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'Germanica var. B' rose References
Book  (1936)  Page(s) 295.  
Germanica var. B (hybrid rugosa) Dr. Müller 1890 or 1902; violet-red
Book  (1902)  Page(s) 146.  
R. Rugosa. Race de Rosiers RUGUEX du Japon.
5406. Germanica, var. B (Dr. Müller 1900), violet rouge
Magazine  (1895)  Page(s) 75.  
Forms and hybrids of Rosa rugosa
Mr. Court Marshall v. St. Paul in Fischbach collects all rose varieties with rugosa blood. Following varieties are in his possession to date: Rosa rugosa, Thunberg, root form; Rosa rugosa alba, Rosa rugosa rosea, Kaiserin des Nordens (Regel from Japan '75), Rugosa germanica (Dr. Müller), Rugosa germanica lighter form, Compte d'Epremesnil (Nabonnand '82), Mme Georges Bruant (Bruant '88), Mme Charles Fredr. Worth (Schwartz '90), Thusnelda (Dr. Müller '89), sport of Thusnelda, Rugosa fimbriata (Morlet '92), El Mikado (from Japan?), Zuccariniana (Bruant), ugly; America (Paul and Son '94), Cöbler (Dr. E. Kaufmann '93), Jelina ibid, Tamogled ibid, Vihorlat ibid, Hargita ibid, Belle Poitevine (Bruant '94), Calocarpa ibid, Souvenir de Christophe Cochet (Cochet-Cochet '94), Blanc double de Coubert (Cochet-Cochet '92), Parnassina (Cochet), Microcarpa (T. Smith), Rugosa splendens (T. Smith), Rugosa alba microphylla (T. Smith).
Unissued seedlings have Dr. Müller, Dr. Kauffmann, P. Lambert and myself. Perhaps also Mr. Dawson (although he doesn't say it) another American, whose name I currently cannot remember, but who is an editor of "Rural New-Yorker". von St. Paul.
Magazine  (1894)  Page(s) 74.  
Rugosa Germanica. Seedling of Kaiserin des Nordens, originated at Dr. Müller, much better than the mother.
Also its sister, well double, but of matte bluish pink colouring.
Magazine  (1890)  Page(s) 27.  
[From "Rosa rugosa" by Dr. Müller]
...Rosa rugosa flore pleno, the so-called Kaiserin des Nordens....Forstmeister Geschwind states in The Metz'schen Rosenzeitung, October issue 1888, that it is sterile and has set fruit with him.
I do not make crossing trials with this rose, and although I never saw fruit prior or later on it, in summer 1886 a strong shrub of this sort produced two chance fruit on a bloom cluster of the second bloom. These contained six or seven of the beautiful smooth seeds characteristic for the species. Placed in a container in November, some germinated in spring 1888 [1887?]. Although I neglected them - with no expectations - there were still two plants in autumn, which I planted in the garden because of their beautiful foliage. They passed the winter - only covered lightly with sand - without problems and developed in summer 1888 to low bushes with a great tendency to suckering. In August 1888 I grafted one of these plants, the one larger and with more beautiful foliage, on the rootstock of six canina seedlings. All grafted plants grew well and attained in 1889 a height of 50-60 cm; on each plant developed very double, fragrant, over medium size blooms which looked like carnations in the early phase of expansion, and in colour similar to the seed parent. The duration of the bloom was about a week, the bushes did however not repeat in their first year.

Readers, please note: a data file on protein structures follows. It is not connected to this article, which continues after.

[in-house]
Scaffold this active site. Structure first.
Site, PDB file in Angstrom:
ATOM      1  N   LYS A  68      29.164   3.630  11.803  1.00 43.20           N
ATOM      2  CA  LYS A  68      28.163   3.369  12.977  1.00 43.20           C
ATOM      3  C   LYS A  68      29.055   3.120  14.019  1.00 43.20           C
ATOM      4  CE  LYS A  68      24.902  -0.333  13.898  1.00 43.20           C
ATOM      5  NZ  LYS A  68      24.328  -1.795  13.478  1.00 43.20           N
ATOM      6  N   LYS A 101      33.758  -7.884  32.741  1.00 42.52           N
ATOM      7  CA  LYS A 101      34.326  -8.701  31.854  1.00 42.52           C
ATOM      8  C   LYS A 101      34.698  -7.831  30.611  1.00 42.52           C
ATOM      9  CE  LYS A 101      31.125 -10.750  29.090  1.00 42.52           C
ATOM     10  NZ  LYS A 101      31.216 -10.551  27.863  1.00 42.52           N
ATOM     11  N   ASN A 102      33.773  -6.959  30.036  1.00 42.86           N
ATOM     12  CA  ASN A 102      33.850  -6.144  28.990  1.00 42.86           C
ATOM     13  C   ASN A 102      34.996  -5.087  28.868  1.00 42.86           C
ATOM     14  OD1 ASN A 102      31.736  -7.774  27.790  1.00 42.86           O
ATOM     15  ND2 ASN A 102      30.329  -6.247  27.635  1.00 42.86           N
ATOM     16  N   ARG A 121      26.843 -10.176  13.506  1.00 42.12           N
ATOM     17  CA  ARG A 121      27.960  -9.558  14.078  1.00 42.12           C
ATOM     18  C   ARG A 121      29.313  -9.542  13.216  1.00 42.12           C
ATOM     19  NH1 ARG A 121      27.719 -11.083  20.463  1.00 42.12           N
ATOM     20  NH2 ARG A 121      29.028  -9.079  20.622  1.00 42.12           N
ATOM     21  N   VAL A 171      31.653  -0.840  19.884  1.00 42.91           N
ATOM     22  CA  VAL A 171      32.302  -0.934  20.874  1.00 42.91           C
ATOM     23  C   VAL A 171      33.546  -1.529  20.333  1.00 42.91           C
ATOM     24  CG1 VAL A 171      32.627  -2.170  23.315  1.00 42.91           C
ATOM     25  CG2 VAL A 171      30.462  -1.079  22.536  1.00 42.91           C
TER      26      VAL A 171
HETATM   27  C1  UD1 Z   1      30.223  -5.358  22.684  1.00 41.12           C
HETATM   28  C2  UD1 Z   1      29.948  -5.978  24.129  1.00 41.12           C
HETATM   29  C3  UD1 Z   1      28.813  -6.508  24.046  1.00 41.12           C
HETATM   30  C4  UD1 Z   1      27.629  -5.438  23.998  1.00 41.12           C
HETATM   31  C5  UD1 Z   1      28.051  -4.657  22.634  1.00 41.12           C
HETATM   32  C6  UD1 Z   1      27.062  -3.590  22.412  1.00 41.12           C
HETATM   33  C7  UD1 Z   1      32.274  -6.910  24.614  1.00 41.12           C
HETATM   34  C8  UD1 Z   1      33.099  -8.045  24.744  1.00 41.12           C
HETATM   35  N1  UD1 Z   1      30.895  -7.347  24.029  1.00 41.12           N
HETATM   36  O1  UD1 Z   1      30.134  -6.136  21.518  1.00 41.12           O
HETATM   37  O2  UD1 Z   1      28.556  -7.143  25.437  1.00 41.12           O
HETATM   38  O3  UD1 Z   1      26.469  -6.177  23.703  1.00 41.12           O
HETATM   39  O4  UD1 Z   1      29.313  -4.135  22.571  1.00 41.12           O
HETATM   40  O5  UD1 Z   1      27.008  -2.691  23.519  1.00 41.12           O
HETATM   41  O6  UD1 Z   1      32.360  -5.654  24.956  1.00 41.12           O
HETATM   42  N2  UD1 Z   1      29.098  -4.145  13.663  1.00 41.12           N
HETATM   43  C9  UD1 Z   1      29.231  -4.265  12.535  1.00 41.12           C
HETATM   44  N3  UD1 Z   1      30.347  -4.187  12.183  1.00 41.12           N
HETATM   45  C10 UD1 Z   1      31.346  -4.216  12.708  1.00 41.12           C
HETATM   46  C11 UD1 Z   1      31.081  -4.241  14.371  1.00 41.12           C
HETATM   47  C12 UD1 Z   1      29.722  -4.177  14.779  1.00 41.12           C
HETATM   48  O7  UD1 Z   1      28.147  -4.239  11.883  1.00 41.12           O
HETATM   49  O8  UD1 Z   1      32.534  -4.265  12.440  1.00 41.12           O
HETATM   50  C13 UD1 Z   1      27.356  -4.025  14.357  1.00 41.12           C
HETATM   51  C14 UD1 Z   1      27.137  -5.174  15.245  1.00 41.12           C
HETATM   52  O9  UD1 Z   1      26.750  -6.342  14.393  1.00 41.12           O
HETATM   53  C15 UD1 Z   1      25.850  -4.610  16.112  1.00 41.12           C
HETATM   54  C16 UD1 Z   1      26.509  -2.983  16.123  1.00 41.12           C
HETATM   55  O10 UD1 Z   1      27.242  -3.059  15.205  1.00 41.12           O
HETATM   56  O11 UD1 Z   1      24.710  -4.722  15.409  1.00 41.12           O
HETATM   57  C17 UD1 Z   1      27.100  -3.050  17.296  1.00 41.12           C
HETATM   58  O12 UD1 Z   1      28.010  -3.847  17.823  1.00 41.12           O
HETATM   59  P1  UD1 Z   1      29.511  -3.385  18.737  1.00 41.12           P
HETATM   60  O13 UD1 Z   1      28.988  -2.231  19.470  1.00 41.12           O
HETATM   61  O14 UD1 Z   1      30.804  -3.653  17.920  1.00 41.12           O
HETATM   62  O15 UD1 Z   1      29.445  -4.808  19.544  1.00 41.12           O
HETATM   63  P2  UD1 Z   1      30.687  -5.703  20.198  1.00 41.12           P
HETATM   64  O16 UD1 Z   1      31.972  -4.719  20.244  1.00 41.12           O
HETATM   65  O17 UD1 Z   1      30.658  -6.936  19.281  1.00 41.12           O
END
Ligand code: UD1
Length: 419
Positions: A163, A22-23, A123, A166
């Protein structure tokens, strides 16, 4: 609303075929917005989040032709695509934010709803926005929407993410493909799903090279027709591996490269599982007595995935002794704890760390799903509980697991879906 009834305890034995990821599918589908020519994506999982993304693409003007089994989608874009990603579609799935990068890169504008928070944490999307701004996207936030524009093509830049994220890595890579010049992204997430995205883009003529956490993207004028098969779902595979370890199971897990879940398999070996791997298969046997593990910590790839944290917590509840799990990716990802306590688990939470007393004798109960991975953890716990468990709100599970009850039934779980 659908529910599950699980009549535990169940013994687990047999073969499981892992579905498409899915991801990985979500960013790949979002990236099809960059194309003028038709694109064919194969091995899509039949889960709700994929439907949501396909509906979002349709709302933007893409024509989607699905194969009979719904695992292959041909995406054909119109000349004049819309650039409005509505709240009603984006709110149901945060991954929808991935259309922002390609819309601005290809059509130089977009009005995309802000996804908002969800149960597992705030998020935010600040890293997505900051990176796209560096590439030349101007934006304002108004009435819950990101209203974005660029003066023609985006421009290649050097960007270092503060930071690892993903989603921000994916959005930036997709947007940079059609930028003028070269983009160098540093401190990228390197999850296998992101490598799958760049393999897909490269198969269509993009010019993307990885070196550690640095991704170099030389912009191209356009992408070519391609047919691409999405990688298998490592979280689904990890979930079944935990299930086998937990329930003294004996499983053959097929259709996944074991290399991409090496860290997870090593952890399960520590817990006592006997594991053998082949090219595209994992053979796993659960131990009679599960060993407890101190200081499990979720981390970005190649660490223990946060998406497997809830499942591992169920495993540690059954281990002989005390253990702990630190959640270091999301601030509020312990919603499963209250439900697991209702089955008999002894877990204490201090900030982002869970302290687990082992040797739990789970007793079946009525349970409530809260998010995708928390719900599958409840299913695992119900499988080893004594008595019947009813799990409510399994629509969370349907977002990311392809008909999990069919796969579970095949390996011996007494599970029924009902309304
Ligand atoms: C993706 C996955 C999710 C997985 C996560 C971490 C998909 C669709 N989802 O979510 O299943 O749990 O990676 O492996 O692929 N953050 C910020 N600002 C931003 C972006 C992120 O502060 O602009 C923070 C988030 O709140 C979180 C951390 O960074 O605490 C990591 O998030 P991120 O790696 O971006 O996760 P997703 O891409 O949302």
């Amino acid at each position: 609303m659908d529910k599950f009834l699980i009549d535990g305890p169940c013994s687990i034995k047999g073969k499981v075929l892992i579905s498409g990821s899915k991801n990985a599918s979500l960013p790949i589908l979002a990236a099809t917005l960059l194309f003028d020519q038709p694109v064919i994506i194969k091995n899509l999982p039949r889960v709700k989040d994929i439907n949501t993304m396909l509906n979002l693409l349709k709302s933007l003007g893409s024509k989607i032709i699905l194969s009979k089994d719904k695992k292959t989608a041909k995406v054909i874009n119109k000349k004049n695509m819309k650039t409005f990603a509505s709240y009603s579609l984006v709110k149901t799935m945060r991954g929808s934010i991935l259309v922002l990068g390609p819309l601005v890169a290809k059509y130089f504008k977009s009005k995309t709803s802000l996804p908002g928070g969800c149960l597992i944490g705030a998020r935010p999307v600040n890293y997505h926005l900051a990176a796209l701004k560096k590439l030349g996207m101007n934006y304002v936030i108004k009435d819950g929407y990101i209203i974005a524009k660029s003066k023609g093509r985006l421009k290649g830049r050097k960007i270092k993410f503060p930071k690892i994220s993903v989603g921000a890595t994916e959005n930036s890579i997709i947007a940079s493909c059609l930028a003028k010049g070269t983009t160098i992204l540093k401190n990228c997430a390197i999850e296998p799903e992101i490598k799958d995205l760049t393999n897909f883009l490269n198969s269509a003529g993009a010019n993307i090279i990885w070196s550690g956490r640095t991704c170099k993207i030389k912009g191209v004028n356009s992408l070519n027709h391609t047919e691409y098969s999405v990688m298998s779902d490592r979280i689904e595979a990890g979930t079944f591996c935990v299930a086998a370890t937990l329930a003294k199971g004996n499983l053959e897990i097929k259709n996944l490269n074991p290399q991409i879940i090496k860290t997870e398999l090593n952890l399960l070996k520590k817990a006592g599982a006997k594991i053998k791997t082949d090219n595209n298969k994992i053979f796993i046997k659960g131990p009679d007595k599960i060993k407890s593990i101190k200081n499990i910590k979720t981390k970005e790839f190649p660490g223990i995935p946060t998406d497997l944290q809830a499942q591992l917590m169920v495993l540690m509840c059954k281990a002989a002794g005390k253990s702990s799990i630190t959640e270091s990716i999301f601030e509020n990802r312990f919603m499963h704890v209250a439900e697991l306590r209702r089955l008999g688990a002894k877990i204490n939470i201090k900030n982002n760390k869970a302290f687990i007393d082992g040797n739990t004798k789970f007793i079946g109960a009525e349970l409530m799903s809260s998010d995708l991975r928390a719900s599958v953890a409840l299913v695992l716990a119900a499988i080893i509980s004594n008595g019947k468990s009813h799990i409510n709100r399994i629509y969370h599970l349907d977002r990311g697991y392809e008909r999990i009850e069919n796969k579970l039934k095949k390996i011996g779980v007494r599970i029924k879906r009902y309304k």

As this seedling is very distinct from the mother by its bloom, but also by its larger, dark green, glossy foliage, we can assume rightfully that Rugosa fl. pl. is a hybrid, whose new seedling reverts back in habit and foliage to the species.
I have this summer grafted a larger number of understocks with them and will be able to give a better opinion in summer 1890 on this interesting seedling of Rugosa fl. pl.
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